why do they call judaism, judaism?

why do they call judaism, judaism?

basically, what is the meaning behind it

Best answer:

Answer by rhanjo
Judaism is the religion that most Jews in Judah follow.

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6 Responses to “why do they call judaism, judaism?”

  • katagalugan9 says:

    i am sure the teachings are based on judaic laws from the old testament bible.

  • logic1812 says:

    Because it was originated from the jewish tribe of Judah…out of the stem of Jesse…There are 12 tribes in the land of Judah.

  • ste_jeffries says:

    If they called it haddock it would be a fish.

  • mehereintheeast says:

    Because Jews place a lot of emphasis on the House of David, as do Christians. From the Jews perspective, the Messiah is to come from the house of David. From the Vchristians perspective, Jesus was of the house of David. Judaism simply refers to the kingdom ruled by the house of David after the Kingdom of Israel broke off following the death of King Solomon. This became the Kingdom of Judah and those that follow the teachings of the Kingdom of Judah follow Judaism.

    Here is an interesting fact: The original Greek text of the New Testament makes no difference between the names “Judah”, “Judas” and “Jude”, rendering them all as Ioudas; and yet in many English translations “Judah” is used for the Old Testament figure and the tribe named after him, “Judas” is used primarily for Judas Iscariot, and “Jude” for other New Testament persons of the same name.

    I hope this helps.

  • asimplefreak says:

    well, way back before christ there were 12 main tribes of hewbrews. one was the tribe of judas (not the one who betrayed judas, but he was from this tribe). when the babylonians took over there were two tribes in jehrico (which later became babylonia). the other tribe was slaughtered in the assyrian mounts, but the tribe of judas were held captive in the city (as slaves). when the babylonian captivity (which you could google for more info) ended, the jews spread like wild fire and became the most prevalent tribe, which is now the only one recognized as having survived.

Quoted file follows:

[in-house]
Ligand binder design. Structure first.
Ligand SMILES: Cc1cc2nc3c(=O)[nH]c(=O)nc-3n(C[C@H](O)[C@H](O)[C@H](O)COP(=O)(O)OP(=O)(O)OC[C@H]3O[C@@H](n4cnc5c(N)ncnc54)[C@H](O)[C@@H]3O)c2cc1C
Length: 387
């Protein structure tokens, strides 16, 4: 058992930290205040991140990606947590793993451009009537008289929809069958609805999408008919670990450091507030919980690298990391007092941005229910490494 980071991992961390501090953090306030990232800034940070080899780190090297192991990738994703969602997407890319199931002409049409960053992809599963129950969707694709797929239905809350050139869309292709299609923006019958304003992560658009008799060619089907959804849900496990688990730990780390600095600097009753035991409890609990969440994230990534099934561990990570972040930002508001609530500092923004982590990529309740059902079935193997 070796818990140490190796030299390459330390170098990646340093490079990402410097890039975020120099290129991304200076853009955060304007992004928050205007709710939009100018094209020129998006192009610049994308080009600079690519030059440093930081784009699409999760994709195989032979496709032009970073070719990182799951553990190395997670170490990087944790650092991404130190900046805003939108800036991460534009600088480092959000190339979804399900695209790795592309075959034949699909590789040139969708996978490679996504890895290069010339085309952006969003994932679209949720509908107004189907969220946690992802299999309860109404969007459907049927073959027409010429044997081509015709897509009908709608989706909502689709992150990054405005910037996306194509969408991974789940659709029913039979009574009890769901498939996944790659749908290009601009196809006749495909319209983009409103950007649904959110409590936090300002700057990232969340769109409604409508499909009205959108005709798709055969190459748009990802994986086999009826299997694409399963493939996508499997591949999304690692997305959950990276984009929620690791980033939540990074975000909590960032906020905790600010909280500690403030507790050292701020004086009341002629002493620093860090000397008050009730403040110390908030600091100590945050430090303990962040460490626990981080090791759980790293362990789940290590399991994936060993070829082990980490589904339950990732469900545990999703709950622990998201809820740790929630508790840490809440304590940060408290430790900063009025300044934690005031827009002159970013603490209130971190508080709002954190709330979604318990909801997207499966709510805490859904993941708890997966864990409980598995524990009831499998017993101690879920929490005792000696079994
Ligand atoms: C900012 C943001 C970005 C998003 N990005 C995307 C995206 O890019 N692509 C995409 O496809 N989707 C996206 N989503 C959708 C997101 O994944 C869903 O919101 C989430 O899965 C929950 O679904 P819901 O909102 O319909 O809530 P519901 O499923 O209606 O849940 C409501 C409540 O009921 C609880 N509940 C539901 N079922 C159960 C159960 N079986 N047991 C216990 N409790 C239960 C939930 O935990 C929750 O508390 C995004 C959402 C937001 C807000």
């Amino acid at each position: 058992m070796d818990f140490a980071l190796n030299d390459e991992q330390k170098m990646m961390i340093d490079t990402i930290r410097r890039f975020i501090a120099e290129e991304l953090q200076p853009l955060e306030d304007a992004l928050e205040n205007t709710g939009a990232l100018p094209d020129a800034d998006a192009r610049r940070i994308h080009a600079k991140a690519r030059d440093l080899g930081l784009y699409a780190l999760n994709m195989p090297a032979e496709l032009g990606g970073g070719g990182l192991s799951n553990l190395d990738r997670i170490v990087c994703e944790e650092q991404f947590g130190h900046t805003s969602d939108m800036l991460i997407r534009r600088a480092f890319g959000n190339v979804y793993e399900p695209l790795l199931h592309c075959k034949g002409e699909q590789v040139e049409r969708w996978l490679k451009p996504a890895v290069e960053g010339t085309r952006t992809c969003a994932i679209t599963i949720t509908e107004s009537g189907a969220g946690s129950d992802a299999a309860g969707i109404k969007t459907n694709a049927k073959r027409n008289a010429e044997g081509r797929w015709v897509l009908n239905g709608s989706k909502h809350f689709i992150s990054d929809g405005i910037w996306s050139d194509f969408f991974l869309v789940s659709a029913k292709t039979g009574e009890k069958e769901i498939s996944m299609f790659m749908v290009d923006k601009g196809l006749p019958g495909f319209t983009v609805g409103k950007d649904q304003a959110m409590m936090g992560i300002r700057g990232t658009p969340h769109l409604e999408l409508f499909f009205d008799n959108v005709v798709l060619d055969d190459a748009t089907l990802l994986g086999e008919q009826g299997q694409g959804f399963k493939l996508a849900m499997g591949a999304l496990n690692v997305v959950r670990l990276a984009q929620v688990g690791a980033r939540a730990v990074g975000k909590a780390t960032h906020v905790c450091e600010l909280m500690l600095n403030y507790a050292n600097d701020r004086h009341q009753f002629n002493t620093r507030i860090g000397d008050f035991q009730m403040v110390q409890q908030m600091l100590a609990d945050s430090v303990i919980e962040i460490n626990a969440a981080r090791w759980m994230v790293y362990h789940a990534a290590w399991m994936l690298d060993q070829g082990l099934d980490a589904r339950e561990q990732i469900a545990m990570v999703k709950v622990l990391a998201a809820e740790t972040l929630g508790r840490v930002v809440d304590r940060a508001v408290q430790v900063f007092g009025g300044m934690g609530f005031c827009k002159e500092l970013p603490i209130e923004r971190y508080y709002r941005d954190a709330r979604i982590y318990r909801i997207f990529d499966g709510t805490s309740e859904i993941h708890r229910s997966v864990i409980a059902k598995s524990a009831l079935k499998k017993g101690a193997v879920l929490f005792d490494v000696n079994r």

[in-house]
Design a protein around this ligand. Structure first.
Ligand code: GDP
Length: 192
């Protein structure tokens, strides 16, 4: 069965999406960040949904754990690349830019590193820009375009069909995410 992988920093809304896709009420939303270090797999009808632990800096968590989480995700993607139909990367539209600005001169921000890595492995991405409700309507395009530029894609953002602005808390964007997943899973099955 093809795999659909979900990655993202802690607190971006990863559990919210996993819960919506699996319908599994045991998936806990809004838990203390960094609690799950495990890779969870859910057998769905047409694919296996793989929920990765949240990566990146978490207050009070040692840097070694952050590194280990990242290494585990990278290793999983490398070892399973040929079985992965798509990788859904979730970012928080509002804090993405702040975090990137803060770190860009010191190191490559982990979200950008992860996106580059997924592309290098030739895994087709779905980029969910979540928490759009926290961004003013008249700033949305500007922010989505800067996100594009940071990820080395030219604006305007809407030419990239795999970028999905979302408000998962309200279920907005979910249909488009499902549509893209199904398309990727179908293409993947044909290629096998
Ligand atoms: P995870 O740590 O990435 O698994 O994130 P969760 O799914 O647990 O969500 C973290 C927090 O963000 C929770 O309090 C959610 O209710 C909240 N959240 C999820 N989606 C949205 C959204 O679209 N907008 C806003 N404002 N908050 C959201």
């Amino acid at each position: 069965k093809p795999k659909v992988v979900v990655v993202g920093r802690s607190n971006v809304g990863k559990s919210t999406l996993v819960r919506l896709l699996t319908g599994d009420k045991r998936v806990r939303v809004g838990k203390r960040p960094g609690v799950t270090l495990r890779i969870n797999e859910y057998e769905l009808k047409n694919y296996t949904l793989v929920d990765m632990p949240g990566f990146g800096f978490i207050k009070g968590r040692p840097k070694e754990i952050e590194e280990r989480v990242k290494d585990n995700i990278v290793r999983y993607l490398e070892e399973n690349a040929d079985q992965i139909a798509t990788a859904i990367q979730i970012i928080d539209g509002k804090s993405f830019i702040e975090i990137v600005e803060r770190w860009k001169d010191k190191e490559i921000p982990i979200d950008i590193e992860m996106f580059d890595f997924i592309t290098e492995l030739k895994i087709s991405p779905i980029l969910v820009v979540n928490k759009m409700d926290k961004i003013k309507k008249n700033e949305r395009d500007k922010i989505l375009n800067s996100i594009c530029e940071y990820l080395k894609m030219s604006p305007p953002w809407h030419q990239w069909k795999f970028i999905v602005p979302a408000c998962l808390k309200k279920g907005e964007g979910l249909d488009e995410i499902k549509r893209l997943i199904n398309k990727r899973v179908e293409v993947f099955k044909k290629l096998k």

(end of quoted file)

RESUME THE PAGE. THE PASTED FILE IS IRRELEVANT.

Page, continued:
to make that short the term judaism comes from the family name judas. it just means that you are related to an ancient guy named judas!

  • bruhaha says:

    The word “Judaism” is related to the word “Jewish”, and to the name “Judah”, though it’s not so obvious in English. Here’s how it happened:

    “Judaism” is derived from the name “Judah” — it was used to refer to the religion of the ‘people of Judah’. “Judah” was one of the larger, more powerful tribes of the people of Israel, the tribe from which King David and his descendants come. Most of the Israelite tribes to the north split off to form their own kingdom after the death of David’s son Solomon (called “Israel” in the Bible, while the southern kingdom is called “Judah”).

    After the Assyrians destroyed the Northern Kingdom (Israel) late in the 8th century BC, only the kingdom of Judah remained. They were the ones who fell to Nebuchadnezzar and many of whom were exiled to Babylonia. in the 6th century B.C. And they were the ones who later re-established a kingdom. Remnants of the other tribes joined them, but the tribe of Judah was still central, hence the people were known by this name.

    A literal translation of the TERM used from them might be “Jud-ish” (compare the term “Judean”). In fact, most European languages use a form something like that. German is Juedisch. What causes confusion is the fact that English lost the “d” and ended up with the word”JEWISH”, a form that is not obviously related to “Judah”/”Judean”.

    (For what it’s worth, the language spoken by many Jewish people in Eastern Europe is a dialect of GERMAN –not Hebrew– called Juedisch, or in English, “Yiddish”)

    One other note: there was in the first century a lot more variety in “Judaism” (or perhaps we should say “Judaism-s”). The form we now identify as Judaism was the Rabbinic form that gained the ascendancy after the Temple was destroyed in AD 70. (Remember too that Christianity was considered a Jewish sect in the first century; thus what we think of today as “Judaism” and “Christianity” were in a sense born at about the same time, two distinct offshoots of one tree.)

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